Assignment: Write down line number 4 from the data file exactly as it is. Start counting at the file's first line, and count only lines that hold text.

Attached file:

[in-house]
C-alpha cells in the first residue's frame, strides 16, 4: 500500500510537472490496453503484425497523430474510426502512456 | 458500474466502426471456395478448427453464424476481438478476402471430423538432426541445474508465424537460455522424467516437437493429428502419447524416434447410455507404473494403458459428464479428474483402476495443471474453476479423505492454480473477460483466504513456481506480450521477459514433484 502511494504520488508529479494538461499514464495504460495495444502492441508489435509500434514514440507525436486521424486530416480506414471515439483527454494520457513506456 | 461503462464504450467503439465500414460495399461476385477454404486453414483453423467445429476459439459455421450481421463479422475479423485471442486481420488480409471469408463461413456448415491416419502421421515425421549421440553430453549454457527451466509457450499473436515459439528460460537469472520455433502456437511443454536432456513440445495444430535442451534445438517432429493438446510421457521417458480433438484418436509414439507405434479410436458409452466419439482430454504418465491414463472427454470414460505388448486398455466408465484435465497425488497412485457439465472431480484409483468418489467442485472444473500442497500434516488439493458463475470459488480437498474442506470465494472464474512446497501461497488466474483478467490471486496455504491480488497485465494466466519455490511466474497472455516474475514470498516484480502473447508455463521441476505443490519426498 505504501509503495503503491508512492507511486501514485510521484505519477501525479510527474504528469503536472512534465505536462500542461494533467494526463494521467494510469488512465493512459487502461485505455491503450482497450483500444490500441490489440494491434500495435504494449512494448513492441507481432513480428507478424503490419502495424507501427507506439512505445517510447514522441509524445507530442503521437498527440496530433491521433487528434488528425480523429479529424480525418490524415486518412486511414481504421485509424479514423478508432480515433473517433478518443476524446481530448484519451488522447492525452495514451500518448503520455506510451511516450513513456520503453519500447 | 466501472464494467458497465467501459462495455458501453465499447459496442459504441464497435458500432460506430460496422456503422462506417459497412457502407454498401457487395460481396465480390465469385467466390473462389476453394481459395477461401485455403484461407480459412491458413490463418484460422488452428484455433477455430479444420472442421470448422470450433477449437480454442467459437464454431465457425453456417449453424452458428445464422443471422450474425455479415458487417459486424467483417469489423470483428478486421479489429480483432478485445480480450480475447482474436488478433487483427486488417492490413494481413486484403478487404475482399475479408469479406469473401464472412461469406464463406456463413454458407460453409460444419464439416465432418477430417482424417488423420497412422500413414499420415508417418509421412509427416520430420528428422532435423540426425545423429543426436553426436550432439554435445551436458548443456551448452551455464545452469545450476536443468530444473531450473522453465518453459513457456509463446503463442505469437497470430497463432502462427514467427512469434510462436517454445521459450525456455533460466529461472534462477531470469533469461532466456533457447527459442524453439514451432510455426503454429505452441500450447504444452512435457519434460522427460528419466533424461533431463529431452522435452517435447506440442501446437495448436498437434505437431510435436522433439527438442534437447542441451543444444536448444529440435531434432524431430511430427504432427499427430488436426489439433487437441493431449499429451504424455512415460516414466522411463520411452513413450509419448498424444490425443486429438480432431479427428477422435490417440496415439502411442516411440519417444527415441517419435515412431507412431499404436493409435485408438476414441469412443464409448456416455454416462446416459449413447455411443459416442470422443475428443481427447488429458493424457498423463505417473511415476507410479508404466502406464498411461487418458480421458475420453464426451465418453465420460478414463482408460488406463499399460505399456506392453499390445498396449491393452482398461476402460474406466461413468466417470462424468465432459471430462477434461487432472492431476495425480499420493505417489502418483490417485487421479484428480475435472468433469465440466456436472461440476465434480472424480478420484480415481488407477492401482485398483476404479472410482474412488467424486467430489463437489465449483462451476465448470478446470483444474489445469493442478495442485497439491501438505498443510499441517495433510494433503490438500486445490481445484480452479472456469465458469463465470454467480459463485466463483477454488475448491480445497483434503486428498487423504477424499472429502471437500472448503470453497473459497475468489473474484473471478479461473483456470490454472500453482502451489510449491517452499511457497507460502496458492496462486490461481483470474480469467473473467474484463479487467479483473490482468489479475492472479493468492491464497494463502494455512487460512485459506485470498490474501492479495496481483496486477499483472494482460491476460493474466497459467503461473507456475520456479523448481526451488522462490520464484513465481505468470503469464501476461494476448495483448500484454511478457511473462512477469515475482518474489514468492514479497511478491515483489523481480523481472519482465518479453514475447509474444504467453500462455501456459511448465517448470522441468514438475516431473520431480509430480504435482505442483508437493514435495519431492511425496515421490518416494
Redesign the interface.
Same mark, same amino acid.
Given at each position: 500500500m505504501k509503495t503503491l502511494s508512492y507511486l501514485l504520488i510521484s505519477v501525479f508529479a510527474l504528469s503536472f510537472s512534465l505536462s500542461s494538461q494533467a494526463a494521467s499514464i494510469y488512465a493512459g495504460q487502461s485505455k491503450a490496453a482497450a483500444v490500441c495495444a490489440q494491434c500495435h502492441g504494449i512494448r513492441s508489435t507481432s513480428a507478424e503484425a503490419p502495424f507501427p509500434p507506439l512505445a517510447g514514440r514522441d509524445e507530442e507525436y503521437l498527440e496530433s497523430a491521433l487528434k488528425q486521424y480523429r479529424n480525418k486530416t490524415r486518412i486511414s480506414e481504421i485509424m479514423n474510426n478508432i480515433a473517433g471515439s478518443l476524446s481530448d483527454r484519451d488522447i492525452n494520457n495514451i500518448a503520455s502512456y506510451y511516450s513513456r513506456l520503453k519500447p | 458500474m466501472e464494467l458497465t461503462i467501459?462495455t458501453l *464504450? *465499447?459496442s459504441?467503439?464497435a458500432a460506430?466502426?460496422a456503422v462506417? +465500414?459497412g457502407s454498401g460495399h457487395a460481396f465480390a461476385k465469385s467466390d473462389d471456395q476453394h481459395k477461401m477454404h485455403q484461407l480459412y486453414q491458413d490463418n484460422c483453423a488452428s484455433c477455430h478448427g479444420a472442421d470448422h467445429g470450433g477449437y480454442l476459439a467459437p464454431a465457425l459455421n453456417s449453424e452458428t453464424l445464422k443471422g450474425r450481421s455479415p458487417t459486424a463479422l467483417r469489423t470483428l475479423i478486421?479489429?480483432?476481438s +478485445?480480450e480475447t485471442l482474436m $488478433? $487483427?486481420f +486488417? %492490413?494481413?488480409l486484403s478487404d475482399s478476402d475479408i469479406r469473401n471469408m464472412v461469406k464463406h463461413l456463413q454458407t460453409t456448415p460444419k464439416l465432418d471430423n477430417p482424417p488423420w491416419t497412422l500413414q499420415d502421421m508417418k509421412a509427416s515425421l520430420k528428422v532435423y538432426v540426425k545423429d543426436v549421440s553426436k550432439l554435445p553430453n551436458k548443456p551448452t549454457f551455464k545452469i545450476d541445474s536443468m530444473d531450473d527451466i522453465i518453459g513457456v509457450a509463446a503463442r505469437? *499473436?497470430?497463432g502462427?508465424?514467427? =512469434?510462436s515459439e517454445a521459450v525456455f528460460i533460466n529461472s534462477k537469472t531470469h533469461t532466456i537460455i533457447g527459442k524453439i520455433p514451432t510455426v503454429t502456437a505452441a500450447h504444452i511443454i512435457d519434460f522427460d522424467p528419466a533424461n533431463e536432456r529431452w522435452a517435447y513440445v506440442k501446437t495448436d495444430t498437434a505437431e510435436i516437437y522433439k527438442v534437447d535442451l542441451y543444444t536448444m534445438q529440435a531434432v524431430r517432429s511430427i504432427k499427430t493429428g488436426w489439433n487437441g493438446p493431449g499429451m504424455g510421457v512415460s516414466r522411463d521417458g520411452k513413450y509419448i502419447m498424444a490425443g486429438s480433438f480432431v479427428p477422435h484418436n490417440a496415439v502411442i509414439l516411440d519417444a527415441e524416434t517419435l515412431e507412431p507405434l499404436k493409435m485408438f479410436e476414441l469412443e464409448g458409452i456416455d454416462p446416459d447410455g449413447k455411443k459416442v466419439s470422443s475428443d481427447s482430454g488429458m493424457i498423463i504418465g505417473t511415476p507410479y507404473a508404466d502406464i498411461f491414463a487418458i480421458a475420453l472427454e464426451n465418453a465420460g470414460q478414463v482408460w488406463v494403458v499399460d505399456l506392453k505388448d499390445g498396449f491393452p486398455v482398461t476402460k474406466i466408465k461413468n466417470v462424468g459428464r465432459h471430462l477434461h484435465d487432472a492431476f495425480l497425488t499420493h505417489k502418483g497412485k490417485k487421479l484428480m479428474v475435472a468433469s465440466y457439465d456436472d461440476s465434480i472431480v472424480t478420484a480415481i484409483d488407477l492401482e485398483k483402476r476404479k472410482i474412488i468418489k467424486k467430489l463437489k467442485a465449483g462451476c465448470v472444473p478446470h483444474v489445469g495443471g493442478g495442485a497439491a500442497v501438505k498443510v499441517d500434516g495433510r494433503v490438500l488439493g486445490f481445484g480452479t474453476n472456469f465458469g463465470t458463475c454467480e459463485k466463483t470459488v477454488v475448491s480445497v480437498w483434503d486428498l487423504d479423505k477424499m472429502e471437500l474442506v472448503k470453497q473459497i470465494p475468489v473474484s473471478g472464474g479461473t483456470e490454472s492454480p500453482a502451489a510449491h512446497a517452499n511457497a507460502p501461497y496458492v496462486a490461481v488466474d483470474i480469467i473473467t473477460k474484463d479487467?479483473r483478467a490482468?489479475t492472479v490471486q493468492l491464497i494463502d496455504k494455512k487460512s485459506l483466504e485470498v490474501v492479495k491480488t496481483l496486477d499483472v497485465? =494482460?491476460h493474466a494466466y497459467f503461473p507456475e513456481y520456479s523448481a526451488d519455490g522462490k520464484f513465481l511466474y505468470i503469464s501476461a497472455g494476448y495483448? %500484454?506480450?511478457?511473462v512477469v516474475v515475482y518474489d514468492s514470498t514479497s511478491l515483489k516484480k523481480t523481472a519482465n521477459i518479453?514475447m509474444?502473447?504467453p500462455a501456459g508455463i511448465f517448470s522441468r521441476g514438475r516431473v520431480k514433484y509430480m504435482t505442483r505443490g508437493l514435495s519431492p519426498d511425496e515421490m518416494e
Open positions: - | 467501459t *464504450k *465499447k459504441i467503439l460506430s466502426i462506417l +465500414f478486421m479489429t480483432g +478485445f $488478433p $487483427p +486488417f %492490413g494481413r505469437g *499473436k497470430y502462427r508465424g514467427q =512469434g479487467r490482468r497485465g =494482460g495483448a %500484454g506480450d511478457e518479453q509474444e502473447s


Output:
Same mark, same amino acid.